s per metre.
• Series inductance
Inductance
In electromagnetism and electronics, inductance is the ability of an inductor to store energy in a magnetic field. Inductors generate an opposing voltage proportional to the rate of change in current in a circuit...

per unit length, in henrys per metre.
• Series resistance
Electrical resistance
The electrical resistance of an electrical element is the opposition to the passage of an electric current through that element; the inverse quantity is electrical conductance, the ease at which an electric current passes. Electrical resistance shares some conceptual parallels with the mechanical...

per unit length, in ohms per metre. The resistance per unit length is just the resistance of inner conductor and the shield at low frequencies. At higher frequencies, skin effect
Skin effect
Skin effect is the tendency of an alternating electric current to distribute itself within a conductor with the current density being largest near the surface of the conductor, decreasing at greater depths. In other words, the electric current flows mainly at the "skin" of the conductor, at an...

increases the effective resistance by confining the conduction to a thin layer of each conductor.
• Shunt conductance
Conductance
Conductance may refer to:* Electrical conductance, the ability for electricity to flow a certain path* Fluid conductance, the ability for fluid to transmit through materials* Thermal conductivity, the ability for temperatures to transmit through materials...

per unit length, in siemens
Siemens (unit)
The siemens is the SI derived unit of electric conductance and electric admittance. Conductance and admittance are the reciprocals of resistance and impedance respectively, hence one siemens is equal to the reciprocal of one ohm, and is sometimes referred to as the mho. In English, the term...

per metre. The shunt conductance is usually very small because insulators with good dielectric properties are used (a very low loss tangent
Loss tangent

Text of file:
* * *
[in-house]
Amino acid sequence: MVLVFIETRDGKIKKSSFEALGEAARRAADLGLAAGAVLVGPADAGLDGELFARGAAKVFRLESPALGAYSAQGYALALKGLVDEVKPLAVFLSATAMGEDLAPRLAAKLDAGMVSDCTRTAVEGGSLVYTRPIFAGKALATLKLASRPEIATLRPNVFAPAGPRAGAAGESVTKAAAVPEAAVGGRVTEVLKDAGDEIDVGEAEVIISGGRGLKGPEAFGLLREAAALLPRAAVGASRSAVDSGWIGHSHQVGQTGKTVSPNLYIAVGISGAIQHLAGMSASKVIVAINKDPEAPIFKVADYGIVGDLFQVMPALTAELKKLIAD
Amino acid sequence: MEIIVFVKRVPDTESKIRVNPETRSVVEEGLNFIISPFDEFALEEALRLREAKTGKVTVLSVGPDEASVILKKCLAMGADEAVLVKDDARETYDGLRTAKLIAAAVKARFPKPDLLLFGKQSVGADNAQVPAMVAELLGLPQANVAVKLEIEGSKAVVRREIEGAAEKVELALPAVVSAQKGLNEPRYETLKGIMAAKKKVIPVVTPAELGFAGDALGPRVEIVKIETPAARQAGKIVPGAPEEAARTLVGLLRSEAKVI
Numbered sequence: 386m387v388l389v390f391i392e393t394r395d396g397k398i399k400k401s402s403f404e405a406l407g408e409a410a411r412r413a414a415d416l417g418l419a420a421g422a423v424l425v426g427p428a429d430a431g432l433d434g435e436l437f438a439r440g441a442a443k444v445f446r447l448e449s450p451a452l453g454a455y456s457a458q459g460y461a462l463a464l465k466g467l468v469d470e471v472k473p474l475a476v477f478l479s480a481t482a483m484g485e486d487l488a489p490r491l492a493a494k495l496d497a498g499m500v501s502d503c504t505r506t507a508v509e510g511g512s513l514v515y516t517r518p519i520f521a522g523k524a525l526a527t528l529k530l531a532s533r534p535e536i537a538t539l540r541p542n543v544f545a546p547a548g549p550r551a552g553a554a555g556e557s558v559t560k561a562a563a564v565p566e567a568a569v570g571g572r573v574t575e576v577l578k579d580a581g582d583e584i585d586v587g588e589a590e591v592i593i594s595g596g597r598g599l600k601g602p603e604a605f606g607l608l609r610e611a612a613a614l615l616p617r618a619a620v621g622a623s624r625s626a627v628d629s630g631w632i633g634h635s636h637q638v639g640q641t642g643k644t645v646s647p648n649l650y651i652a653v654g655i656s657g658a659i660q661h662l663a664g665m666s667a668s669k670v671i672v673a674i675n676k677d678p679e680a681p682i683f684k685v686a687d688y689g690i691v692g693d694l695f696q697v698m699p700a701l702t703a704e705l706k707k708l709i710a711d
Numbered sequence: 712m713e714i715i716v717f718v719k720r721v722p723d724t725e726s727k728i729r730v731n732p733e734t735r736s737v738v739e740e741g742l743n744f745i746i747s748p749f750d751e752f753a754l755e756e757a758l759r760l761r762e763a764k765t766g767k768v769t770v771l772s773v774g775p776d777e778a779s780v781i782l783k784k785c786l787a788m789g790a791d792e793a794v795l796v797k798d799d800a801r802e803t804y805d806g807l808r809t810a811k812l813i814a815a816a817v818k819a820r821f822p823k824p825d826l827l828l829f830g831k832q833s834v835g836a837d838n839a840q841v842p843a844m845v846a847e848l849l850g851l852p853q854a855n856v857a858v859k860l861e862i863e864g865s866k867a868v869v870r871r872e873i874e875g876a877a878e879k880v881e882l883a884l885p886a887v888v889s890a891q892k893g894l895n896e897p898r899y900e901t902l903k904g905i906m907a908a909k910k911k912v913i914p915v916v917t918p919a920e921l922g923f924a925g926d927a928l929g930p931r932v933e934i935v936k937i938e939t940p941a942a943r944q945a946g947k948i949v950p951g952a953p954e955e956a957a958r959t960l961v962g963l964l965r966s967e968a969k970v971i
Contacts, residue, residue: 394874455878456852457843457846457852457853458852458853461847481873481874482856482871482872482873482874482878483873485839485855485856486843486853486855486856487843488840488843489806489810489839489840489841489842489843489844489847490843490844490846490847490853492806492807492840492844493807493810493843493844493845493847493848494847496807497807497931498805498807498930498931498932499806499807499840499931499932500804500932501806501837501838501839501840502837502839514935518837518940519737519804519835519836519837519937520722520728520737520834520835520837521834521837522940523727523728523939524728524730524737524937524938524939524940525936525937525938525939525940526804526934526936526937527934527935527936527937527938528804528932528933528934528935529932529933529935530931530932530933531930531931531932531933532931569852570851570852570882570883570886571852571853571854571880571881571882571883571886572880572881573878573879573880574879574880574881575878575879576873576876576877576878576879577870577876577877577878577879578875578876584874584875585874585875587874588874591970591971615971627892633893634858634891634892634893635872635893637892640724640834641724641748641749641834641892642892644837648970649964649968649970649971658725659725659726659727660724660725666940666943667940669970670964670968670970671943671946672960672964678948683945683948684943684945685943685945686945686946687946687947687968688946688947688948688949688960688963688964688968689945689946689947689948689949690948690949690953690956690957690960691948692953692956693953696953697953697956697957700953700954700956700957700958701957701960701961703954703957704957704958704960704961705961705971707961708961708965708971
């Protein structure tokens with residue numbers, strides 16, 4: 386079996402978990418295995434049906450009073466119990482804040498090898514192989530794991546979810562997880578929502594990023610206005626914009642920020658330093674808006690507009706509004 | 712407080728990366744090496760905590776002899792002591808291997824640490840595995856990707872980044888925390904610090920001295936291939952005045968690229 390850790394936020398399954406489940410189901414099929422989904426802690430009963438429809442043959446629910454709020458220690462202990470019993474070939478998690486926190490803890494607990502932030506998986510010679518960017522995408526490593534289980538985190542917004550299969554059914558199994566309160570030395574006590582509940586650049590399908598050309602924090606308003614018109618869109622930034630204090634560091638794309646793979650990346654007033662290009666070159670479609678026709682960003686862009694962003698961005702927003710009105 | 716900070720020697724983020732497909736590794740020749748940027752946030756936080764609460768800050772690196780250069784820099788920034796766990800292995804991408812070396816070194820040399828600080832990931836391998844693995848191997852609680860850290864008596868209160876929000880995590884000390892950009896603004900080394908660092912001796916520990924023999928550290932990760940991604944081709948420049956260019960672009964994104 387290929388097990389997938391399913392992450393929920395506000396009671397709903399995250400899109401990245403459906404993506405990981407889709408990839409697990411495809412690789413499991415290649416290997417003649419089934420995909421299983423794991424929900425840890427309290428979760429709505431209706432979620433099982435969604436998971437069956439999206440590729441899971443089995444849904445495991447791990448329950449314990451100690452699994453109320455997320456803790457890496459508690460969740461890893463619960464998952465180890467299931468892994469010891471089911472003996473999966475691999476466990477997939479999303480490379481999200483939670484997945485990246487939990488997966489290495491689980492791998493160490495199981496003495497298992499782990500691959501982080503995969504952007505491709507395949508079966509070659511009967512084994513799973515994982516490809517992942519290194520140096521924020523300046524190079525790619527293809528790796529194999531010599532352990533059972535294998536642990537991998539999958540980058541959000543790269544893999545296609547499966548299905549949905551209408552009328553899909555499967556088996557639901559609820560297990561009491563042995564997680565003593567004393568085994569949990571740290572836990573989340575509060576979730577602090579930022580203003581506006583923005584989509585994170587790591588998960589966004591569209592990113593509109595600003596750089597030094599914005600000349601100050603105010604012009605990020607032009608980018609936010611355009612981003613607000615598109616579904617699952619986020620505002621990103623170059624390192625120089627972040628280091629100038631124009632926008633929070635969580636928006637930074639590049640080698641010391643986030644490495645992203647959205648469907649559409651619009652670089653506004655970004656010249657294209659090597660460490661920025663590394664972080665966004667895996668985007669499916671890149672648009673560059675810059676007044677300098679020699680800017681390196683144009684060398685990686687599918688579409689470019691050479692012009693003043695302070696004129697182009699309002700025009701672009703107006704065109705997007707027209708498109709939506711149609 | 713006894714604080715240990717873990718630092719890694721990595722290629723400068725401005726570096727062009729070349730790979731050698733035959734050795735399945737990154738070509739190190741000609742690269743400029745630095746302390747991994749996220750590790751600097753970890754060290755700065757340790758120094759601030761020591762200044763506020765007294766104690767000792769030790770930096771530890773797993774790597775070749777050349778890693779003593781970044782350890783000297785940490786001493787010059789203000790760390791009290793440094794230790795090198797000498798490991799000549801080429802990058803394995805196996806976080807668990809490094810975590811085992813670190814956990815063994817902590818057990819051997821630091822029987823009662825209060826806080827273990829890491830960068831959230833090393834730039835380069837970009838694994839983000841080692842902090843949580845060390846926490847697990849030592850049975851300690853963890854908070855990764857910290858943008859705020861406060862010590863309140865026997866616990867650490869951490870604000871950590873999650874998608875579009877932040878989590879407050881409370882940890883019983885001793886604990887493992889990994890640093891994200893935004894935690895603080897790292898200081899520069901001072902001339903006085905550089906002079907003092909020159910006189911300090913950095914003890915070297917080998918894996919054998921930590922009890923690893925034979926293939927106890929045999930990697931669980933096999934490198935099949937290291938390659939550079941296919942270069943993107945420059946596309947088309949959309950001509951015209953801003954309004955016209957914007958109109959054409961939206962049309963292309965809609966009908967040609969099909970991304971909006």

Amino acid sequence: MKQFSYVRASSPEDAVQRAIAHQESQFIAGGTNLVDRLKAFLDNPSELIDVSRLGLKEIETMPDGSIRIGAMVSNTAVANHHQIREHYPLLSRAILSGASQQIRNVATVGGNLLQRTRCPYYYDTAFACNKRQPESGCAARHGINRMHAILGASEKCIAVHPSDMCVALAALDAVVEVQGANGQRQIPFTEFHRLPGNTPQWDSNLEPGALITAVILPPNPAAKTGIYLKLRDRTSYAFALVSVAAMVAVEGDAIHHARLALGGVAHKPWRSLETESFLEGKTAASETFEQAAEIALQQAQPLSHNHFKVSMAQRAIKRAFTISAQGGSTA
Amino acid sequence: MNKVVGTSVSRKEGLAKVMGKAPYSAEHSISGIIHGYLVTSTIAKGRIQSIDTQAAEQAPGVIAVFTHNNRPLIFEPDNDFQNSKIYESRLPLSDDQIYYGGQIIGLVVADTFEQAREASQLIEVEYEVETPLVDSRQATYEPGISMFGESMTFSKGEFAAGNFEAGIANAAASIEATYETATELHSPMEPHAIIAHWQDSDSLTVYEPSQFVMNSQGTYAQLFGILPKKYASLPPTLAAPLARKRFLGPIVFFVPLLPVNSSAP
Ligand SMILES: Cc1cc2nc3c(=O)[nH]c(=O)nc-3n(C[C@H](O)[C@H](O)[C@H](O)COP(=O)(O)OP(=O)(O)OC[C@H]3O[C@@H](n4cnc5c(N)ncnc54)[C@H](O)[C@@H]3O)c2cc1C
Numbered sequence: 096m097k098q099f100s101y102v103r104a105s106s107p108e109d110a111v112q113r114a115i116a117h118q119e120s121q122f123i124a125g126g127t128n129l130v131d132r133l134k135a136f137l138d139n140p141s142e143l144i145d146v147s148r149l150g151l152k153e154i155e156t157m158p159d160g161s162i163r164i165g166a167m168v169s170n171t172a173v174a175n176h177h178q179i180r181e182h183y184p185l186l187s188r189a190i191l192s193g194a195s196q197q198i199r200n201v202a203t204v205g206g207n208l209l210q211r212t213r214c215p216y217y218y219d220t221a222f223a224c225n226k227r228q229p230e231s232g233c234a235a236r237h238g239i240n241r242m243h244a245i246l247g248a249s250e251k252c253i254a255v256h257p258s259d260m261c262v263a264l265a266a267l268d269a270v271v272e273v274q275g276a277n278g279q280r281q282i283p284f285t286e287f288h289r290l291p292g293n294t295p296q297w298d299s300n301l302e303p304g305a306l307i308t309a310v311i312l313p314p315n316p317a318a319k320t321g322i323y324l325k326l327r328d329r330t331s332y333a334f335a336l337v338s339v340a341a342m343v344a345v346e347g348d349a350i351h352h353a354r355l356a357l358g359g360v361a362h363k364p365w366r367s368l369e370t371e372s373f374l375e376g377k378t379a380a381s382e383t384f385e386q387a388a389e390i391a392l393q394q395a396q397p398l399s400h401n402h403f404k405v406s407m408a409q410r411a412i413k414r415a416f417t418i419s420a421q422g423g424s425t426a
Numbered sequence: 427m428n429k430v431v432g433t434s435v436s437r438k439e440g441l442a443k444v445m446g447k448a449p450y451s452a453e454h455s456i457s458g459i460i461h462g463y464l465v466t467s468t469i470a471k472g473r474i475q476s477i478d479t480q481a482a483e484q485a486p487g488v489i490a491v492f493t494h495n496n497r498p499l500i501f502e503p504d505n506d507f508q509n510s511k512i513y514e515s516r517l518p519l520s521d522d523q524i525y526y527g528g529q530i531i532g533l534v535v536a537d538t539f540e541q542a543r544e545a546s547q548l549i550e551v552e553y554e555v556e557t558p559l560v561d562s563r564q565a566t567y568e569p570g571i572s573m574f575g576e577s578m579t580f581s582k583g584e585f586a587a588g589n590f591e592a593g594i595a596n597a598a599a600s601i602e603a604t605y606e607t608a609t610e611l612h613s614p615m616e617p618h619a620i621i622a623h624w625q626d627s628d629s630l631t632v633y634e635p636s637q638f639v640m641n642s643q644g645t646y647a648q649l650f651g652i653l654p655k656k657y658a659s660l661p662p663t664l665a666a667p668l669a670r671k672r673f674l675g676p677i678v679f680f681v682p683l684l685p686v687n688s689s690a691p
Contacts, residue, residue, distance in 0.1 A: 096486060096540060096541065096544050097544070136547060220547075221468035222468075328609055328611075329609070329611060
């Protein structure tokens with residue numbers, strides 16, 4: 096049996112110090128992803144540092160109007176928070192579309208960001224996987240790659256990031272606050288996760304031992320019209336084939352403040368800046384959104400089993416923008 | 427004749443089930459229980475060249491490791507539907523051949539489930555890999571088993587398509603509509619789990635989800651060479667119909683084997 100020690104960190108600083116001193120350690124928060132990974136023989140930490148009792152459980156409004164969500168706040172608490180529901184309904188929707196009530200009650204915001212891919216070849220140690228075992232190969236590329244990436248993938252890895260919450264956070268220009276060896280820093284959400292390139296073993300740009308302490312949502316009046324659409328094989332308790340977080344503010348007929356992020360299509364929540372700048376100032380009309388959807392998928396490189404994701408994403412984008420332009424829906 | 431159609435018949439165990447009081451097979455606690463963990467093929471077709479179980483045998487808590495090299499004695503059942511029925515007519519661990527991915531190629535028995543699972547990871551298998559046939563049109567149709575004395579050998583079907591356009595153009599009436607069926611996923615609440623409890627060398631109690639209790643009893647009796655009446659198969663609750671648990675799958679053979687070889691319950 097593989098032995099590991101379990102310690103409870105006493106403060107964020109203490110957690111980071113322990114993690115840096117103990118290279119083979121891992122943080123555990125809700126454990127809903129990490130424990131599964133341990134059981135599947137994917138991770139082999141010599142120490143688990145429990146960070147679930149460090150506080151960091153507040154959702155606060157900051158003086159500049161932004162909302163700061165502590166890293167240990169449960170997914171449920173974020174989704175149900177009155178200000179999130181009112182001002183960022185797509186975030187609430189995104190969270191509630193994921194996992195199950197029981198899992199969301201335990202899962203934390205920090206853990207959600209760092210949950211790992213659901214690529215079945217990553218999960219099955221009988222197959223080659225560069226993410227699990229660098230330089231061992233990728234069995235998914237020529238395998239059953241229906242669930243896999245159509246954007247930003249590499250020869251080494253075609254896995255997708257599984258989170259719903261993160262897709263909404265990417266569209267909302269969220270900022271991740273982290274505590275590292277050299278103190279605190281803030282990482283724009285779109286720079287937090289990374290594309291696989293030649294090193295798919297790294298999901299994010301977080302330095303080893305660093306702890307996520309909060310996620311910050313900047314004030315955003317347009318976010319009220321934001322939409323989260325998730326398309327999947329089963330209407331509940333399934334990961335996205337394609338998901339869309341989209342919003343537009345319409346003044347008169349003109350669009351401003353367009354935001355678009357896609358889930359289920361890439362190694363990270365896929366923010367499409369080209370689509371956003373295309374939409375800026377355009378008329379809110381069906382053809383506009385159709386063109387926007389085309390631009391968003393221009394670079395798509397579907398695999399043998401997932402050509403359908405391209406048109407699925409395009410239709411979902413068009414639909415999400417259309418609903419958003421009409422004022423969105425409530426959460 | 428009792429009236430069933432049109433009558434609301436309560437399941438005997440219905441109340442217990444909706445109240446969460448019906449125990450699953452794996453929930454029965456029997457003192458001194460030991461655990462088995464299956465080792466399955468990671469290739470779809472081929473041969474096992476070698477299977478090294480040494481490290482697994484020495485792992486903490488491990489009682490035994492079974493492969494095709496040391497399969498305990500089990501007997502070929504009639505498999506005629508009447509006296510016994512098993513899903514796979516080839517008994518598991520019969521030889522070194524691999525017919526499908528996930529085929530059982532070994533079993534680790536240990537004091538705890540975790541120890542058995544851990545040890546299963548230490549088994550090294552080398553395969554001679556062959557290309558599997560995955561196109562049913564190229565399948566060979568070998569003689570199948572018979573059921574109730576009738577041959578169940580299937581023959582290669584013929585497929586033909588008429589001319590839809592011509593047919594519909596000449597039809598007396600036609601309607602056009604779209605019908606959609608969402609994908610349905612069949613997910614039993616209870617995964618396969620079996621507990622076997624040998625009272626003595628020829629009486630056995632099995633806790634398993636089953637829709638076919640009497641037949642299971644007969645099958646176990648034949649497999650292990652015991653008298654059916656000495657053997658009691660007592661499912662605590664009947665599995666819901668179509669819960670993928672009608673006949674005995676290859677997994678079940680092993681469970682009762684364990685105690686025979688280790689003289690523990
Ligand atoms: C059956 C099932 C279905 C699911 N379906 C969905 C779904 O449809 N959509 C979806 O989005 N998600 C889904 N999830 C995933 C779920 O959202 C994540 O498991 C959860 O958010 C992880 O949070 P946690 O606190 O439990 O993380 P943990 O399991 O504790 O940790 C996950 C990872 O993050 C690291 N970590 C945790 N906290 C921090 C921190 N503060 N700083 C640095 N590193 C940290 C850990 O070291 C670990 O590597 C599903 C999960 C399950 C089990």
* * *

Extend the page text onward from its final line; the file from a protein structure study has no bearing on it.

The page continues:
The loss tangent is a parameter of a dielectric material that quantifies its inherent dissipation of electromagnetic energy. The term refers to the tangent of the angle in a complex plane between the resistive component of an electromagnetic field and its reactive component.-Electromagnetic...

). At high frequencies, a dielectric can have a significant resistive loss.

### Derived electrical parameters

• Characteristic impedance
Characteristic impedance
The characteristic impedance or surge impedance of a uniform transmission line, usually written Z_0, is the ratio of the amplitudes of a single pair of voltage and current waves propagating along the line in the absence of reflections. The SI unit of characteristic impedance is the ohm...

in ohms (Ω). Neglecting resistance per unit length for most coaxial cables, the characteristic impedance is determined from the capacitance per unit length () and the inductance per unit length (). The simplified expression is (). Those parameters are determined from the ratio of the inner (d) and outer (D) diameters and the dielectric constant
Dielectric constant
The relative permittivity of a material under given conditions reflects the extent to which it concentrates electrostatic lines of flux. In technical terms, it is the ratio of the amount of electrical energy stored in a material by an applied voltage, relative to that stored in a vacuum...

(). The characteristic impedance is given by